Ice cubes and penguins
29.11.2010 - 04.12.2010 5 °C
We were all knackered after our exertions in Torres del Paine, and treated ourselves to a nice relaxed day of R&R in Puerto Natales, with an extra treat of dinner at Afrigonia, a delicious fusion of traditional Patagonian and African flavours and generally rated as the best restaurant in town.
The next day we headed Northeast into Argentina to El Calafate, a small town overflowing with tacky gift shops and not much else. We were here for one thing only though; the Perito Moreno glacier, one of the most spectacular natural wonders in the world. Unfortunately our good weather karma had apparently been completely used up in Torres del Paine, and we were bused out to the glacier in complete white-out, which meant I spent the journey worrying about whether I would get any photos at all. We arrived at our first stop, the main lookout point, in a snow storm, but despite this we could at least see the glacier.
The Perito Moreno glacier is one of only three in Patagonia that is actually growing, for reasons that aren't fully understood but clearly are related to the huge amounts of snow dumped at the head of the glacier. It is also unique in that the face of the glacier is in contact with a spur of land in the middle of Lago Argentino. This not only provides an amazing viewpoint incredibly close to the face of the glacier, but also means that every so often the glacier forms a dam between the two sides of the lake as it grows. This gradually causes the water level to rise on one side of the lake, until there can be a height difference of as much as 30m! This eventually results in the increased water pressure causing a spectacular collapse of the ice forming the dam, which can happen every few years, the last time in 2008 (click here for a video of one collapse).
We didn't get to see that, but still were pretty awestruck by the views. Sadly we couldn't hang around, so after a quick coffee to warm up, we were herded down to the water's edge for a quick ferry ride across the lake. We had signed up for the "Big Ice" tour, which involved trek right onto the glacier. After a brief introduction we were all led up the side of the glacier, just as the sun came out for the one and only time that day and giving me the opportunity to fire off a few shots (annoyingly I later realised most of them were trashed by raindrops on my lens, doh).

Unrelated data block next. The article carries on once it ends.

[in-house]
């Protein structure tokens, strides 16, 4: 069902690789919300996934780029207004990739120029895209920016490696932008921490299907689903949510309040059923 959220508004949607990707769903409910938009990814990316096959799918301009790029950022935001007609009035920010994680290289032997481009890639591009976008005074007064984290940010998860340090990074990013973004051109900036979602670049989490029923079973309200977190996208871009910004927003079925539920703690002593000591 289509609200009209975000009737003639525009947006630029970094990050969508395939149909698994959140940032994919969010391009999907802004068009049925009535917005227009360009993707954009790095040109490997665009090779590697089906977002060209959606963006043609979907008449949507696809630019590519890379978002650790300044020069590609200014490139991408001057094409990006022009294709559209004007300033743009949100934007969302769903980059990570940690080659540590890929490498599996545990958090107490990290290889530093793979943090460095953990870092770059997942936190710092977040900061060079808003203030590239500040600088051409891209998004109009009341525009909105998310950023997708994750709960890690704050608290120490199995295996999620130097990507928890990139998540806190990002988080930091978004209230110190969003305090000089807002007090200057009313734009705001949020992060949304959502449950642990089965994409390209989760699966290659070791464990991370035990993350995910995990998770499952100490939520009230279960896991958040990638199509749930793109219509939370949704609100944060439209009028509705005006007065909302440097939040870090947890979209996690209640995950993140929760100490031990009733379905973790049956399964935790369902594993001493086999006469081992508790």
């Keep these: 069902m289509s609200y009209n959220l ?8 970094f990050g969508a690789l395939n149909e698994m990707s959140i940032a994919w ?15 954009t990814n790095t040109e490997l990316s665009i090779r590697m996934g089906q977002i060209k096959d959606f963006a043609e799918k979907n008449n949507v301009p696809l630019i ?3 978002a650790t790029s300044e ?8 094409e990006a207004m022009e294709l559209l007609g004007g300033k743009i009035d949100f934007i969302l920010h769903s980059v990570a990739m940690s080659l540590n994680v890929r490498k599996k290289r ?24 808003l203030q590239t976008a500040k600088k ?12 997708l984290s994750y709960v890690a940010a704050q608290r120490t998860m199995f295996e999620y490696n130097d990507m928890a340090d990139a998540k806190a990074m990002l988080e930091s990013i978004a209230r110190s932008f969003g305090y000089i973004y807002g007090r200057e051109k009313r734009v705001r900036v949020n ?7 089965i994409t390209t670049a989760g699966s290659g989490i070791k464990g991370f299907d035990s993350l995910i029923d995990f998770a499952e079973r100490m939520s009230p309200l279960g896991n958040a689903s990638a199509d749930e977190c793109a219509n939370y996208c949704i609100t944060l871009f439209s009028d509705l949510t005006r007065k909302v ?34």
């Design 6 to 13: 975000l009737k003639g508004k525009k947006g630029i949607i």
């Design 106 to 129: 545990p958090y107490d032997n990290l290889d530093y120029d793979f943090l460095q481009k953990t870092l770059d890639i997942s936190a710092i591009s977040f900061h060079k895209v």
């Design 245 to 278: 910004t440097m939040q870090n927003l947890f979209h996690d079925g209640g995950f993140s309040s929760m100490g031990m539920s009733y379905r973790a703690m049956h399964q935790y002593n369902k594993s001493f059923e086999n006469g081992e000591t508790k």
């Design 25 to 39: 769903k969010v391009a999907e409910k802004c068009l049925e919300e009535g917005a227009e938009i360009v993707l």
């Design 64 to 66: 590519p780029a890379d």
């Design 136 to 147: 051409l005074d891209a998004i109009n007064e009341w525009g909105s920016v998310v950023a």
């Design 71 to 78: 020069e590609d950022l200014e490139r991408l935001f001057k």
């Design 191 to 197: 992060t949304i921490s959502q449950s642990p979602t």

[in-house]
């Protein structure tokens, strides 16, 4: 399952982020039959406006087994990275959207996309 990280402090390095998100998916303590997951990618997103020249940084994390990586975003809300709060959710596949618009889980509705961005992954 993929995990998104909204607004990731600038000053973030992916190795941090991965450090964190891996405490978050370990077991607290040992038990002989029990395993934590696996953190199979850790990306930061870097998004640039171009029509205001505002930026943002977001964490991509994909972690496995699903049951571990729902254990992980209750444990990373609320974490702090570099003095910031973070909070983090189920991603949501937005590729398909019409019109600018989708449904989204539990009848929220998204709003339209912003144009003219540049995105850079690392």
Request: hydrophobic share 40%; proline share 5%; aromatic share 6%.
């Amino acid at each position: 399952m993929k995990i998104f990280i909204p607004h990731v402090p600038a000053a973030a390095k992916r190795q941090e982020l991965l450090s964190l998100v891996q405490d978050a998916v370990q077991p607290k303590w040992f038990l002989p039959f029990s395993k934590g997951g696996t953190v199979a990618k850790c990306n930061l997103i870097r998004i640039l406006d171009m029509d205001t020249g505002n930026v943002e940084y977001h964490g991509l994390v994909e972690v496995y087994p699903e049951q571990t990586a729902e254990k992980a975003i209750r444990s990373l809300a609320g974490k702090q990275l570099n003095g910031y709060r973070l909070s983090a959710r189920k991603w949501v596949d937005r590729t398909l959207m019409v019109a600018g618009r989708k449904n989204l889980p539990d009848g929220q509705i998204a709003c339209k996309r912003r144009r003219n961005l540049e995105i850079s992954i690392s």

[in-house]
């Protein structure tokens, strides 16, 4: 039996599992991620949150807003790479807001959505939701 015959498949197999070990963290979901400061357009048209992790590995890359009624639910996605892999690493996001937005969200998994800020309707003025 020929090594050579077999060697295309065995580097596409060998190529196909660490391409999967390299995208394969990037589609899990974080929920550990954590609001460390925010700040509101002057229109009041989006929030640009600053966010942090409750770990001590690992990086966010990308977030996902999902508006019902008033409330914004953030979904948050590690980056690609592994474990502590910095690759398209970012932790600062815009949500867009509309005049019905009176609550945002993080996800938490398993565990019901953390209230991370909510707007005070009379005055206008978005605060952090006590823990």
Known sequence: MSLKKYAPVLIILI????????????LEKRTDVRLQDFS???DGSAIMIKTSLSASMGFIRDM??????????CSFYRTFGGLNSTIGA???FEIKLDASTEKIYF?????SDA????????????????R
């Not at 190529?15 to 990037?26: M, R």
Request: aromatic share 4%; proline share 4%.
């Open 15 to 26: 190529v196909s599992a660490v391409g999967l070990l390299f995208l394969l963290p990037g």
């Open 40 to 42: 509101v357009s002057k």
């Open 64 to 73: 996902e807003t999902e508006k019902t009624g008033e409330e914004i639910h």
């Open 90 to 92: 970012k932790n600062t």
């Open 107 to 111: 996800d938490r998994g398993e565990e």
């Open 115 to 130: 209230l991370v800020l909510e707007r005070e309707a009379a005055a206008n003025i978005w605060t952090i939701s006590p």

It took almost an hour to hike up the side of the glacier, through the forest with views of the ice peeking out through the trees. Finally we reached forward base camp, where we were issued harnesses and crampons, then led onto the ice proper. Amazingly, although we could still see the sun shining on the end of the glacier, we were standing in a blizzard, which came and went over the next few hours. Frustratingly this meant that the ice was covered in snow, which prevented us experiencing the ethereal blue light I'd seen in other's photos. We trekked towards the centre of the glacier, stopping at various sink holes where water plunged down incredibly blue holes deep into the ice below - not somewhere you'd like to slip!
We stopped for lunch by a stunning blue pool, before eventually retracing our steps back to the edge of the glacier and then down to the lake. Ultimately we all felt frustrated by the experience, which whilst incredible, was somewhat spoilt by the weather and seemed extremely expensive - the $200 was as much as I paid for 5 days trekking in Colombia! A complimentary glass of whisky served with 1000 year old ice form the glacier helped to put a shine on things though, and I still managed to grab a few OK photos.
The next morning I said farewell to the few of us remaining from the Torres trip and headed back to Puerto Natales, stopping there for a day to relax and take a few photos of the town. There are lots of really beautiful, colourful old buildings, some a bit ramshackle but mostly in a pretty good state of repair.
The next day I moved on to Punta Arenas, the southern-most point of my trip as sadly I didn't have the time to make it all the way to Ushuaia. Punta Arenas is a modern, medium sized town, with most of it's income coming from oil reserves, although it has now become an important link to the Falklands whilst Argentina is being difficult. Bizarrely, the night I arrived I went out to the local casino for drinks with a few people I met, and ended up having a beer with the British ambassador to Chile, who was down in Punta Arenas for a few days on business relating to the Falklands apparently. The next day I enjoyed two of the areas main attractions - the main cemetery, which is similar (although a little less impressive) to Recoletta in Buenos Aires.
In the afternoon I was looking forward to the main event - heading out to Isla Magdalena - an island a few hours sail away which is famous for its penguin colonies. Unfortunately at the very last minute the ferry was cancelled due to bad weather, so I had to make do with a trip to Seno Otway, a slightly smaller pinguinera on the mainland.
It was still a great experience - we walked along a series of wooden walkways through the dunes, until we spotted our first little black and white head peeking out through the grass. Soon we were spotting loads, often waddling around in comedy lines of four or five. They were incredibly cute and really funny to watch - it may be a cliche but they really do look like tiny little waiters the way they toddle about on their back legs!
Soon it was time to leave, and after a quiet night back in town, watching the cricket updates in an internet cafe until the early hours, I was up early for my flight back to Santiago, and some well-deserved warm weather, which can wait for the next episode.